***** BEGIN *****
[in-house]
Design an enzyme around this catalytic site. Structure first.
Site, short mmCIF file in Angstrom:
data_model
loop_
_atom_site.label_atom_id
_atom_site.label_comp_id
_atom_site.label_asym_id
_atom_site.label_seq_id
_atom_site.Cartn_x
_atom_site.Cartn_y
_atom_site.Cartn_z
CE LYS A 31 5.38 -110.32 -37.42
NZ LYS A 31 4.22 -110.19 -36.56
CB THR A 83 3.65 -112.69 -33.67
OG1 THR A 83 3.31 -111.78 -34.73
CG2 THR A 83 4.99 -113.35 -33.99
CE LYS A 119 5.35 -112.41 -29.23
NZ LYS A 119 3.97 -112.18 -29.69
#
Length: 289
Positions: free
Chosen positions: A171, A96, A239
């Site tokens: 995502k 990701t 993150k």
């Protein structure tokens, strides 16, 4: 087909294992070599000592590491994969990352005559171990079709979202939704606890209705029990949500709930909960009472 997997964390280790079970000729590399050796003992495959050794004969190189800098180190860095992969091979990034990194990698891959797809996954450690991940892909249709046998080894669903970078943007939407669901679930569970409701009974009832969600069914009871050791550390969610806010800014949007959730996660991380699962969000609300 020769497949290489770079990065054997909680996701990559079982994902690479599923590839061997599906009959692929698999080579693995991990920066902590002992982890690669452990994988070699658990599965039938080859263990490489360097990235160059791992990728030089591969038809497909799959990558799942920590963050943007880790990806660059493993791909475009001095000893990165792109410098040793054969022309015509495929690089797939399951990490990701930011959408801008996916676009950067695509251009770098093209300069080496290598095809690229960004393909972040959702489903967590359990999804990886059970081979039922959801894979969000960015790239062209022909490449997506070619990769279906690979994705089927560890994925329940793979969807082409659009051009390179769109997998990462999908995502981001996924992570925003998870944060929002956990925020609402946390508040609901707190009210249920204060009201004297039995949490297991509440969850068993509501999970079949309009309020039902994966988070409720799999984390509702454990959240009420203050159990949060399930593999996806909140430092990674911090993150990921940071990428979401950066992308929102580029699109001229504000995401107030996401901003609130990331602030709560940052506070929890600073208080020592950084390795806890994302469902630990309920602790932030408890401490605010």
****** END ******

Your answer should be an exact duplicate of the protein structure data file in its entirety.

[in-house]
Design an enzyme around this catalytic site. Structure first.
Site, short mmCIF file in Angstrom:
data_model
loop_
_atom_site.label_atom_id
_atom_site.label_comp_id
_atom_site.label_asym_id
_atom_site.label_seq_id
_atom_site.Cartn_x
_atom_site.Cartn_y
_atom_site.Cartn_z
CE LYS A 31 5.38 -110.32 -37.42
NZ LYS A 31 4.22 -110.19 -36.56
CB THR A 83 3.65 -112.69 -33.67
OG1 THR A 83 3.31 -111.78 -34.73
CG2 THR A 83 4.99 -113.35 -33.99
CE LYS A 119 5.35 -112.41 -29.23
NZ LYS A 119 3.97 -112.18 -29.69
#
Length: 289
Positions: free
Chosen positions: A171, A96, A239
């Site tokens: 995502k 990701t 993150k």
């Protein structure tokens, strides 16, 4: 087909294992070599000592590491994969990352005559171990079709979202939704606890209705029990949500709930909960009472 997997964390280790079970000729590399050796003992495959050794004969190189800098180190860095992969091979990034990194990698891959797809996954450690991940892909249709046998080894669903970078943007939407669901679930569970409701009974009832969600069914009871050791550390969610806010800014949007959730996660991380699962969000609300 020769497949290489770079990065054997909680996701990559079982994902690479599923590839061997599906009959692929698999080579693995991990920066902590002992982890690669452990994988070699658990599965039938080859263990490489360097990235160059791992990728030089591969038809497909799959990558799942920590963050943007880790990806660059493993791909475009001095000893990165792109410098040793054969022309015509495929690089797939399951990490990701930011959408801008996916676009950067695509251009770098093209300069080496290598095809690229960004393909972040959702489903967590359990999804990886059970081979039922959801894979969000960015790239062209022909490449997506070619990769279906690979994705089927560890994925329940793979969807082409659009051009390179769109997998990462999908995502981001996924992570925003998870944060929002956990925020609402946390508040609901707190009210249920204060009201004297039995949490297991509440969850068993509501999970079949309009309020039902994966988070409720799999984390509702454990959240009420203050159990949060399930593999996806909140430092990674911090993150990921940071990428979401950066992308929102580029699109001229504000995401107030996401901003609130990331602030709560940052506070929890600073208080020592950084390795806890994302469902630990309920602790932030408890401490605010």